An American in Sweden: Q&A with Adam Wolf

An American in Sweden: Q&A with Adam Wolf

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UPPSALA, SWEDEN, August 26, 2014 — His mom was born in Finland, his dad’s from Ohio, and Adam Wolf was born in Kalmar, Sweden, so it may not be that unusual for this 19 year old to find himself in college in Scandinavia. What’s a bit more telling is that Adam, who grew up in Florida, is in a six year medical program at the Uppsala Universitet in Sweden, one of only two Americans in the program. And whereas some choose to study overseas because they were not accepted into a medical school in America, Adam had no trouble with undergraduate acceptances.

Wondering what might prompt a young man to leave the comforts of home in the United States for some fairly cold winters, to speak a foreign language that uses very few vowels, and to face a culinary tradition that relishes Surstromming (a pungent Baltic herring dish), I spent some time with Adam, who is just starting his second year there, getting a feel for him and his choices.

Sheryl Kay: Tell us a little about this medical program, what got you interested, and how you got in.

Adam Wolf: I had always had it in my head that I could study medicine in Sweden, but I first researched the details junior year of high school, when I was also looking at American universities. I couldn’t really find a fitting school in the US, and was split between U Chicago and U Miami.  There are a few different ways to get into this program, but the majority get in based on a combination of GPA and HP scores (HP is the Högskoleprovet, a Swedish SAT equivalent). Living in America I was unable to take the Högskoleprovet, but was lucky enough to be accepted to Uppsala anyways.

SK: What was it like at move-in when you first got there?

AW: There was a lot of stress associated with moving here, one of the main reasons being that you need to organize living accommodations on your own. My mother and I had two weeks to find a place to live, and I put out an ad on Blocket (the Swedish craigslist). We looked at various apartments. Eventually we decided to buy a relatively new, central, one bedroom apartment, which was perfect for me. Then three days before school started, I went on a four mile journey to Ikea by myself to buy furniture. I managed to make it home with the furniture in one piece, well, several pieces, but at the end of it all, I had forgotten something—a plant. Back at Ikea, I picked out a tropical plant that was as tall as me and reminded me of Florida. This led to the peculiar sight of a young male standing in shorts and flip flops next to a tropical plant in the middle of the station, waiting for the bus!

SK: What about language barriers? I believe you did speak a bit of Swedish, but certainly not medical terms…what’s it like studying such a hard subject in a brand new language?

a adam wolf 2AW: I had a bit of trouble with the language to begin with. I could understand everything but hadn’t built up a large enough vocabulary to fully express what I was trying to say, which led to some funny moments as I tried to explain the concept of a fraternity to my friends. The exams were in Swedish, but you could answer in English. I tried to answer in Swedish, but as my vocabulary was slightly lacking, I found my answers to be twice as long and drawn-out than if they were written in English. Next semester is anatomy, and all that terminology is in Latin.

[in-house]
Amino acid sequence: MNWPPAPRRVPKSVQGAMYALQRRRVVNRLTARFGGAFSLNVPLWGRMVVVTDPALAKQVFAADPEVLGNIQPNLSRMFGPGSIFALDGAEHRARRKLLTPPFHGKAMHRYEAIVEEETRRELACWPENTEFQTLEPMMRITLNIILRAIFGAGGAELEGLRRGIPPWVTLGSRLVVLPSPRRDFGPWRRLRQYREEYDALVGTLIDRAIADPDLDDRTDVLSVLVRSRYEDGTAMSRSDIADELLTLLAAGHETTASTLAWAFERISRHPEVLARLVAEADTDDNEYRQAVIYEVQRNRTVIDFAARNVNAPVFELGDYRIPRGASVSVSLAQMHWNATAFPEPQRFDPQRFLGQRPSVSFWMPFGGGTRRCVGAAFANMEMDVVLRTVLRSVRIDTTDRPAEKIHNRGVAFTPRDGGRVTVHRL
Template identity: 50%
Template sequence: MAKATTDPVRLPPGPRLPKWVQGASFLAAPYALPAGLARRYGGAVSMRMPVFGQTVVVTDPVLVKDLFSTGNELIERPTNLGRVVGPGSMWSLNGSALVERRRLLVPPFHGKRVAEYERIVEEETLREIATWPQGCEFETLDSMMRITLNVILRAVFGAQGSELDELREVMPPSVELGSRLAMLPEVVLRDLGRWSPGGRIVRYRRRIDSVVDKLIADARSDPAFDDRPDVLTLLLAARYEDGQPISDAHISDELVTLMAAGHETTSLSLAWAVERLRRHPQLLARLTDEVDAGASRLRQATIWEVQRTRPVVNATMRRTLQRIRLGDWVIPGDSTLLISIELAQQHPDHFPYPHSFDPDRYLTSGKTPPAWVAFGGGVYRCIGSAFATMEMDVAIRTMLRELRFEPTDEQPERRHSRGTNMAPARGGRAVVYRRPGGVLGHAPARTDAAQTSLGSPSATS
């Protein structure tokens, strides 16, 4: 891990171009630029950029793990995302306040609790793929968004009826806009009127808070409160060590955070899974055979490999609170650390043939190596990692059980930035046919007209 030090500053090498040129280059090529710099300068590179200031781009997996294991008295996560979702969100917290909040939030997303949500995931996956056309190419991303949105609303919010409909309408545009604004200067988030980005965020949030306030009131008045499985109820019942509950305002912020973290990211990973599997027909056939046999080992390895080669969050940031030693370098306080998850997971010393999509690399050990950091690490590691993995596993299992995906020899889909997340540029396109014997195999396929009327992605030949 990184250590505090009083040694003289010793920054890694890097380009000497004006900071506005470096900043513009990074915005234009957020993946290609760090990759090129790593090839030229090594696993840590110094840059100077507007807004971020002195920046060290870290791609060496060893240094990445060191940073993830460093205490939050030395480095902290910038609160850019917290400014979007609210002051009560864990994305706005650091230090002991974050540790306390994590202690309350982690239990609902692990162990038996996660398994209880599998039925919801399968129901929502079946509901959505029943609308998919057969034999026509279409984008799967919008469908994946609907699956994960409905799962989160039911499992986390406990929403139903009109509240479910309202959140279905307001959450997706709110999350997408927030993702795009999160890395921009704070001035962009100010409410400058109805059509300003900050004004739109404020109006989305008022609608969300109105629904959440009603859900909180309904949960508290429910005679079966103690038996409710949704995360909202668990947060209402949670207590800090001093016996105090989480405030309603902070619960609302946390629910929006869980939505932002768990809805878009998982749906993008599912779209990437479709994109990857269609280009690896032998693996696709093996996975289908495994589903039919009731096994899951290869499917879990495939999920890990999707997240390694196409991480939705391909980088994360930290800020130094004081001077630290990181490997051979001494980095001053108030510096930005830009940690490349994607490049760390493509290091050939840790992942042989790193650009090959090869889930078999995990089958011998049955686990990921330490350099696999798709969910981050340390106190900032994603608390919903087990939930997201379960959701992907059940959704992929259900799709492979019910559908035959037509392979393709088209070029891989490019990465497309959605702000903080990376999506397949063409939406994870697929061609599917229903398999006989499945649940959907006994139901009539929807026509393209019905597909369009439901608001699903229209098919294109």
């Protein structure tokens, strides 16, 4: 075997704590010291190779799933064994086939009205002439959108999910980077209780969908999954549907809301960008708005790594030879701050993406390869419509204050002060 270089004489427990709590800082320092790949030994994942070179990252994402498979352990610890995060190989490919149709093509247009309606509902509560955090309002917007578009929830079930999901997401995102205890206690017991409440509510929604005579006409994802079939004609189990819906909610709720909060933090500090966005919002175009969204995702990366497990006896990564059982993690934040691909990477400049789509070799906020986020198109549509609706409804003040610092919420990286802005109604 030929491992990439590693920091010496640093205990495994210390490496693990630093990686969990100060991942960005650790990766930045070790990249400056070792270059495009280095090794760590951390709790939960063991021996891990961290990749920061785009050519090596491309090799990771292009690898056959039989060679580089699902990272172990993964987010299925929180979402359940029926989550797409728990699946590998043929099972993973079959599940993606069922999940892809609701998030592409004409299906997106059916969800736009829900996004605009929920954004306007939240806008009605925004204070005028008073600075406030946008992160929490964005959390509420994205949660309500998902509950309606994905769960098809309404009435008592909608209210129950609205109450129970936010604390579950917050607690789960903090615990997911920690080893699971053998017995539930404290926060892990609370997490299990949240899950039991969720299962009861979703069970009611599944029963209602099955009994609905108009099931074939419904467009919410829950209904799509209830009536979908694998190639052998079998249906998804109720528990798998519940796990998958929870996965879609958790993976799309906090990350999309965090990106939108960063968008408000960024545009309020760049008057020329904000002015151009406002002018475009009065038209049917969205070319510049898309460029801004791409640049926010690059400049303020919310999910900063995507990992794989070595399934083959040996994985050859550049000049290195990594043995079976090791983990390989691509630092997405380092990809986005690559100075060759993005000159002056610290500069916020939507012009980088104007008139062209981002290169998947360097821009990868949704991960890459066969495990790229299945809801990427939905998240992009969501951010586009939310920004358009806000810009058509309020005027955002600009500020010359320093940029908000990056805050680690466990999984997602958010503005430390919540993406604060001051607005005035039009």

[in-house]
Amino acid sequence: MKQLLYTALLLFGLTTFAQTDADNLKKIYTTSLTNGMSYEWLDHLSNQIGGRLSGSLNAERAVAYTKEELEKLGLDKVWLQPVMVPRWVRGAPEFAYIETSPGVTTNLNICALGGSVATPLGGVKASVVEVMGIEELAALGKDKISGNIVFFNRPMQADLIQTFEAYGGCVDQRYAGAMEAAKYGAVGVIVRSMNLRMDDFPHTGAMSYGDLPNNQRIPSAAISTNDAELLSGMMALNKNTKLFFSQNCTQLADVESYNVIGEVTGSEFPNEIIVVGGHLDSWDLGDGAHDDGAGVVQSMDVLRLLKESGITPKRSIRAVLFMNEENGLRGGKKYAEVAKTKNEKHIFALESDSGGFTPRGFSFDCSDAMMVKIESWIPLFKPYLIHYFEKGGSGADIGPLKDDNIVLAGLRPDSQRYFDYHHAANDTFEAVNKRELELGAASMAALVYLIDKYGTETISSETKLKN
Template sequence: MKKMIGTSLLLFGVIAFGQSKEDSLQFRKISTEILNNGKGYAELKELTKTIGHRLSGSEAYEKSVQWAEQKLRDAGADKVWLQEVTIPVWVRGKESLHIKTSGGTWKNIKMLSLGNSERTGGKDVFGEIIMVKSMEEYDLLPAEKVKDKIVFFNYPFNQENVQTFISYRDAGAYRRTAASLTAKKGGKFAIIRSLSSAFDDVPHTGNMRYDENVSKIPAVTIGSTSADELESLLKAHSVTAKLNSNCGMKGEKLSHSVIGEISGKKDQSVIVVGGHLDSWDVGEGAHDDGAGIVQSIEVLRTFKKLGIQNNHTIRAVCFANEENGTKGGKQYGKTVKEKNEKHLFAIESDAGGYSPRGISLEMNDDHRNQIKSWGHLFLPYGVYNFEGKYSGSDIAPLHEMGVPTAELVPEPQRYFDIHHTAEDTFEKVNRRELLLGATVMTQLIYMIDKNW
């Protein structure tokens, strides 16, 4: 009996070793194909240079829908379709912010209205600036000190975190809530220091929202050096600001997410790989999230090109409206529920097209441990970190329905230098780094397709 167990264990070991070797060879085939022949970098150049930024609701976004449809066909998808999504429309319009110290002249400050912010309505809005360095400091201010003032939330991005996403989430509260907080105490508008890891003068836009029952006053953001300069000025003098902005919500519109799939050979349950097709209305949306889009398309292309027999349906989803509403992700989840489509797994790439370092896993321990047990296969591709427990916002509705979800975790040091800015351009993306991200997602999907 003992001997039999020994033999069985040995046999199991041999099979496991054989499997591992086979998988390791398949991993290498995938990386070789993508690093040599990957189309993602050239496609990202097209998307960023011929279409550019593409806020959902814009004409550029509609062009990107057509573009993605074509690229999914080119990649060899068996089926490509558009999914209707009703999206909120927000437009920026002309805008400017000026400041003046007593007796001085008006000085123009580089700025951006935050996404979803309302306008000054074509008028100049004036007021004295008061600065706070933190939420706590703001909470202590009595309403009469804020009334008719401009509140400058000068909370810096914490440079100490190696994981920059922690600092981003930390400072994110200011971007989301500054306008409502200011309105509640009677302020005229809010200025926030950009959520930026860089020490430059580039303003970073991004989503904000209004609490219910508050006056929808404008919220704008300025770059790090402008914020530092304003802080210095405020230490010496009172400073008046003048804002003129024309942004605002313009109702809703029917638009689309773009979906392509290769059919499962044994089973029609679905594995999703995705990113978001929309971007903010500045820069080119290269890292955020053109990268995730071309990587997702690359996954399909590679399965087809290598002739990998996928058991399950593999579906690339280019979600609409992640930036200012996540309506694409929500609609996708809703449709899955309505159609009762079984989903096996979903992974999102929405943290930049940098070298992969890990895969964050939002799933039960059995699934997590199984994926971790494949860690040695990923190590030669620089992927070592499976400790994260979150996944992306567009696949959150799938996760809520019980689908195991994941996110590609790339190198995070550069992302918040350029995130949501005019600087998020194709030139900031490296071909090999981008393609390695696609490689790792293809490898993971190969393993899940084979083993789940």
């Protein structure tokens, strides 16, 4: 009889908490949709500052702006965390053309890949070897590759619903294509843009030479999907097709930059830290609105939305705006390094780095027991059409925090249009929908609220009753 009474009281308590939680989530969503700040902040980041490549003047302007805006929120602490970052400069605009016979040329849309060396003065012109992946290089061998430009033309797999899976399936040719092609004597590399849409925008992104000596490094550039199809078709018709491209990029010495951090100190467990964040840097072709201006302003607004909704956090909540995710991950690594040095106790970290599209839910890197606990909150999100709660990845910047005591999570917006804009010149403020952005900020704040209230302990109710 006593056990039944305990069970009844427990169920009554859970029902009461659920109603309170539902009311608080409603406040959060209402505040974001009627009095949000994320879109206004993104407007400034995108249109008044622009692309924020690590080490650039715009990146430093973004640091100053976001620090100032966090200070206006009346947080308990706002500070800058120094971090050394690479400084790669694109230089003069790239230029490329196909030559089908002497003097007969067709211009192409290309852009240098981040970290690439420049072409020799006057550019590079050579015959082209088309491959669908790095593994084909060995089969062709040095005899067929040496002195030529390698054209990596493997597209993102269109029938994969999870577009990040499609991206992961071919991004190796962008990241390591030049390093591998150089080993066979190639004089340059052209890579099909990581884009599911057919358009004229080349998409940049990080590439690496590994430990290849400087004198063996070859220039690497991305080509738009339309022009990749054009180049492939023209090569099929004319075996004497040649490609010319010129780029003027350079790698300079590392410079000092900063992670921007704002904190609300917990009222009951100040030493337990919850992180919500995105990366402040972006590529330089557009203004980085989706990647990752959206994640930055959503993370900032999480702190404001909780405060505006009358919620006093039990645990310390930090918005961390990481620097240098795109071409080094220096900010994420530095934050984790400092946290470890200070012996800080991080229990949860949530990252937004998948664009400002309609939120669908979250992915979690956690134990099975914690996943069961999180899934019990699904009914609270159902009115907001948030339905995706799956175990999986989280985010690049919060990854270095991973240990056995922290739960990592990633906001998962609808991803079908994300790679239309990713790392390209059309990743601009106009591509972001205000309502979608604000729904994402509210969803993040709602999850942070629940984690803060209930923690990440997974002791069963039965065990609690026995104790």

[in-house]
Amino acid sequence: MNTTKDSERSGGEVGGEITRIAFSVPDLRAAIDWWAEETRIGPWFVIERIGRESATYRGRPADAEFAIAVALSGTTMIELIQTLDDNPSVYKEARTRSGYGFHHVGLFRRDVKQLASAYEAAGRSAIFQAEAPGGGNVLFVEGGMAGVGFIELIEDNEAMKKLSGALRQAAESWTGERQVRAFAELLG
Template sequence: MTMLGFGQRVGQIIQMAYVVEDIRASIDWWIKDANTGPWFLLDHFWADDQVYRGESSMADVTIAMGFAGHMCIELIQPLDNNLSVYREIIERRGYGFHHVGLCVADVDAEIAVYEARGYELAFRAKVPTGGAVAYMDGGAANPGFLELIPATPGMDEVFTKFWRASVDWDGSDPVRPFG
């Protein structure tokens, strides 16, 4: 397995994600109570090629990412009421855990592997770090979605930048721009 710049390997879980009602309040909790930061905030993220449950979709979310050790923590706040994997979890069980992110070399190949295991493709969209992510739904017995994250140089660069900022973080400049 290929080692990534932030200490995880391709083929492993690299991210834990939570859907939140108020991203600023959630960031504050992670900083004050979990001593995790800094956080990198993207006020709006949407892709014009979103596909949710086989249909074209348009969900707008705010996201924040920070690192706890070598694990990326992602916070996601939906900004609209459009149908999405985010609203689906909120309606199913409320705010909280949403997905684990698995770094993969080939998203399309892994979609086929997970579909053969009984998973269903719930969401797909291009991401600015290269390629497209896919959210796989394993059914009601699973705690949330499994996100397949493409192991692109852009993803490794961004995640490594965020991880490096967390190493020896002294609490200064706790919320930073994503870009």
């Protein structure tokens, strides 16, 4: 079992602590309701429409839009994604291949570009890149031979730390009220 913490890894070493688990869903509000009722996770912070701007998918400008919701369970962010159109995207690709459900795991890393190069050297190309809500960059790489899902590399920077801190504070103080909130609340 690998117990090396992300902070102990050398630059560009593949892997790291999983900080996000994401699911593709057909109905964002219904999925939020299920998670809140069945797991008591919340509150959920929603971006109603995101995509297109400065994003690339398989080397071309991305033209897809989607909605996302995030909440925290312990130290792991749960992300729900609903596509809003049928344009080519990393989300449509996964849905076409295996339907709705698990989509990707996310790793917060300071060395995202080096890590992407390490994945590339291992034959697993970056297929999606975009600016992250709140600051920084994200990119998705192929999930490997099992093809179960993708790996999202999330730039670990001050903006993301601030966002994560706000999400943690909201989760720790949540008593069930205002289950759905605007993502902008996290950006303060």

SK: How do you think your life today is different than your high school friends’ lives today?

AW: My life is quite a bit different from my friends back in America. Most of them are rooming with somebody and get food from the school. As for the actual program, a good friend of mine is on a pre-med track at Wake Forest, and when I asked about his classes he told me he was taking biology, chemistry, math, history, and Spanish. In Sweden, we don’t take math or history, just medical classes. Last year we studied the circulatory system, cellular biology/chemistry, and the endocrine system. I do admittedly miss calculus, but at the same time I couldn’t stand to take another history class.

SK:  What do you do on your down time there?

AW: Down time, if you can call it that, is usually spent at the gym, at home studying, or at a friend’s house. Depending on the weekend, everyone’s at a nightclub or bar, in which case we make sure to have a great time with friends and meet other students in different programs.

SK: Now your parents still live in Florida.  How are they dealing with the separation?

AW: My mother is having a hard time, still referring to me as “little boy” and trying to redecorate my apartment at every chance she gets. My dad is a lot more relaxed about it, and seems to have a bit more faith in me, as long as I keep him happy with updates of all the cool new medical terms I’ve been learning.

SK: Any thoughts as to what you’ll do upon graduation?

AW:  After five and a half years, you start your residency, or allmäntjänst, which usually lasts 18 months, after which you can specialize. I’m not entirely sure yet if I want to come back to the states for a residency or stay here. It would be a huge benefit to get licensed early in America, and wouldn’t be too hard to transfer the license to a Swedish one considering I went to school there. But I’ve got four years to figure it out.

SK: If you were going to counsel kids who are contemplating doing similar programs, what would you tell them?

AW: For anybody with the opportunity to study in Sweden, I would definitely recommend it. A semester abroad anywhere in Europe is sure to be rewarding and unforgettable. One of the most important things in life is identifying and knowing to seize an opportunity, no matter how far out of your comfort zone it may be. There’s always a leap of faith associated with opportunities, and it’s all about finding the courage to take it.

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